It was a welcome change of fortune of a town that has seen its fair share of murder during the 30 year war. All sides suffered. Even in the midsixties, Coagh gave the province an ominous hint of what was to follow. In the winter of 1965, Northern Irish Prime Minister Terence O’Neill was keen to establish détente with the regime in Dublin. He caused consternation among hardline Protestants when he invited Taoiseach Sean Lemass to Stormont (among those offended was a rising star named Ian Paisley who threw snowballs at the visiting dignitary’s car). When Unionist Mid Ulster MP George Forrest addressed the Coagh 12 July march in 1967 he was jeered as he tried to pay tribute to O’Neill. The indignant Forrest threatened the crowd with his chair only to be dragged off the platform, kicked and left unconscious.
When full-scale violence did erupt across the province a couple of years later, it wasn’t long in coming to Coagh. In 1972 the Official IRA had declared a ceasefire but continued its attacks against the British for another 12 months in what it justified as “defensive actions”. In October that year, two of its veteran members John Pat Mullan and Hugh Herron were stopped at a British Army checkpoint in Ardboe near Coagh and arrested. According to IRA reports, the RUC advised the Army that the men were considered dangerous and should be “eliminated”. Herron was shot dead at point blank range and Mullan was shot while trying to escape.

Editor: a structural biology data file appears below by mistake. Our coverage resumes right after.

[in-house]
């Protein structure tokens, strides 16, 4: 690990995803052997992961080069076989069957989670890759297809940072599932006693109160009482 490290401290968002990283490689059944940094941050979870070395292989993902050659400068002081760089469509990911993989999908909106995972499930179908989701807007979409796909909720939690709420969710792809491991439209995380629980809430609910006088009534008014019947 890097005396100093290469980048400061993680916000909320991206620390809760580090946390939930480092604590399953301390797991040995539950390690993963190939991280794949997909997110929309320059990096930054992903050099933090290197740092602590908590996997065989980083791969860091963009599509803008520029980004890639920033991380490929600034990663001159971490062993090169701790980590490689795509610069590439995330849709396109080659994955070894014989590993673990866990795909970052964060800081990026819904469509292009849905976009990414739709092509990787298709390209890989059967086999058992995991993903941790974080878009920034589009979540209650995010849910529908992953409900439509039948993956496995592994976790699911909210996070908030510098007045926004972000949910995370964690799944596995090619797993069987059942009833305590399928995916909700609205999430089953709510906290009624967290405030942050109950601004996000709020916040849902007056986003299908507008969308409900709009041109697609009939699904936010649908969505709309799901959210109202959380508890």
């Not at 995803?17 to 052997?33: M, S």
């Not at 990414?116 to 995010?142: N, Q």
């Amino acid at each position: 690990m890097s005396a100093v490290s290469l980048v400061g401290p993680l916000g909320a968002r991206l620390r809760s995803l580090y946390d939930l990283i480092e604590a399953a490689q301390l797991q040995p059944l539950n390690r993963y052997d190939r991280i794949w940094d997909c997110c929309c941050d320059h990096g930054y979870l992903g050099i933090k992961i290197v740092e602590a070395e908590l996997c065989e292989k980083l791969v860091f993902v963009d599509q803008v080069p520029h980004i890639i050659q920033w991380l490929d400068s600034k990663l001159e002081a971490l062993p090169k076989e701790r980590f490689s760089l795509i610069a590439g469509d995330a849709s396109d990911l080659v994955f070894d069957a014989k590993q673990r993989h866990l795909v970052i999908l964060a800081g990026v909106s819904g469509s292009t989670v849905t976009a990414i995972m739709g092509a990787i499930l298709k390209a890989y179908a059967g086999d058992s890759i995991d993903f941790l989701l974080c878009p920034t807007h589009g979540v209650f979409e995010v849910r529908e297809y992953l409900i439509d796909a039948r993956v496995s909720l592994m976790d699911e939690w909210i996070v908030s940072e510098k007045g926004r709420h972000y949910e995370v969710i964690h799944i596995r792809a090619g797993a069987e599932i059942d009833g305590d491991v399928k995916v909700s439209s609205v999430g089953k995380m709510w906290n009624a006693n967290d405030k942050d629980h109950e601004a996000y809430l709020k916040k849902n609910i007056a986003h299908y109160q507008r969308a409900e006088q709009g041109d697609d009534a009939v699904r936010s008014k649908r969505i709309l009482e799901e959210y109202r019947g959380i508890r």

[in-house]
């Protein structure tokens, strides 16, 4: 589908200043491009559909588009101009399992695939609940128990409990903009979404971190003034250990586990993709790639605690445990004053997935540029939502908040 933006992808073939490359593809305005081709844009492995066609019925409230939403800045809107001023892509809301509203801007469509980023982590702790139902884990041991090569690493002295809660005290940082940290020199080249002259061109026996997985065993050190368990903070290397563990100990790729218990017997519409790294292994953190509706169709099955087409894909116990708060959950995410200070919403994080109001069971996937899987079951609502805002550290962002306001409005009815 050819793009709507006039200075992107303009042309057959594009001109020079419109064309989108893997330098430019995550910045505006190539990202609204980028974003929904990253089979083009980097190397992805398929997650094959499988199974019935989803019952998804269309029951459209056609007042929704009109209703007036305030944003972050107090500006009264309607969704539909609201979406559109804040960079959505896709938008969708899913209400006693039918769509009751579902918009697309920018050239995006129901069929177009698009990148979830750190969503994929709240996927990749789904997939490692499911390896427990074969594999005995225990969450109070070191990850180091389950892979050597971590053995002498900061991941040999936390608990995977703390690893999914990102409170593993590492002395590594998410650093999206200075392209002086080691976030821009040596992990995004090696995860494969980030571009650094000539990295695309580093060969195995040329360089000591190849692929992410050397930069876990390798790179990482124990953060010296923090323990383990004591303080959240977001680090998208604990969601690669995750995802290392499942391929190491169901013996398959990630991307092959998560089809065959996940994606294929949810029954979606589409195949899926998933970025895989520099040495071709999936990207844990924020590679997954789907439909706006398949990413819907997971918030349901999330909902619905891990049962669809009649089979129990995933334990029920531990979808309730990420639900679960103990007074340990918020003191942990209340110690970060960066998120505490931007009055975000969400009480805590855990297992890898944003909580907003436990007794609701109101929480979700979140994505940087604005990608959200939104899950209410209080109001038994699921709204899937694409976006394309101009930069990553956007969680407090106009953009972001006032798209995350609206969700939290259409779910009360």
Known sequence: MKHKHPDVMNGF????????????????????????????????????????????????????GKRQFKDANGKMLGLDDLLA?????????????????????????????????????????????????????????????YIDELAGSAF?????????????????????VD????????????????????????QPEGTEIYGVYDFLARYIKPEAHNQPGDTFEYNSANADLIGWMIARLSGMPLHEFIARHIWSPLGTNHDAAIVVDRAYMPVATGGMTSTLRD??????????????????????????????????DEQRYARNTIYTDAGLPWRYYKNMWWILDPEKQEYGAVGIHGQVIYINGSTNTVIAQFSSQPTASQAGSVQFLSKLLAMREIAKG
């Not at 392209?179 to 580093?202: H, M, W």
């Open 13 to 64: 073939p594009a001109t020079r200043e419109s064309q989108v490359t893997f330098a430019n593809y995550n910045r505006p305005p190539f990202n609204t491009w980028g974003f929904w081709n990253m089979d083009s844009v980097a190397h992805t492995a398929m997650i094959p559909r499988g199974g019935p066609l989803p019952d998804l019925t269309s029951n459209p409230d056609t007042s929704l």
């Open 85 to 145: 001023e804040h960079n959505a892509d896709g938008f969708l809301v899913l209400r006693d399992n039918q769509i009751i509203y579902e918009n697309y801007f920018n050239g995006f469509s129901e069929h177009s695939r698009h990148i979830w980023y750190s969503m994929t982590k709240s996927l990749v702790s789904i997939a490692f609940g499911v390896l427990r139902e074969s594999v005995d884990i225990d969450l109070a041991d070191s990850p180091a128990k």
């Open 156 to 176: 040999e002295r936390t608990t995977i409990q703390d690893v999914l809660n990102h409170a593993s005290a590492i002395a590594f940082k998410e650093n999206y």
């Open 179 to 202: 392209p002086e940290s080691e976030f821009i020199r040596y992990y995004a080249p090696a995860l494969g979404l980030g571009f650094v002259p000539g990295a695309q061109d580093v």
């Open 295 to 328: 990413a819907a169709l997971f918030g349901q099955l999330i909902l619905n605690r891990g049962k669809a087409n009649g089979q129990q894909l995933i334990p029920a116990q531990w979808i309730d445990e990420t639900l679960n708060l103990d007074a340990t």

The war mostly passed Coagh by for the next 17 years. On 7 March 1989 the peace was rudely shattered. Motor mechanic Leslie Dallas was at work in his garage in town talking to two men. Dallas was the closest thing the town had to a celebrity. He was a former European hot rod champion and still an active participant in the local hot rod circuit. His two visitors were a 72 year old pensioner and a 61 year retiree. The two men were chatting to Dallas about his second place finish in Ballymena that weekend. Their conversation was put to an end by a motorised IRA unit. They shot dead all three. The attack while shocking, wasn’t completely random. According to Brendan O’Brien’s "The Long War", Dallas had a shady alter ego and was a senior leader in the Protestant paramilitary group the Ulster Volunteer Force (UVF). The two pensioners were collateral damage.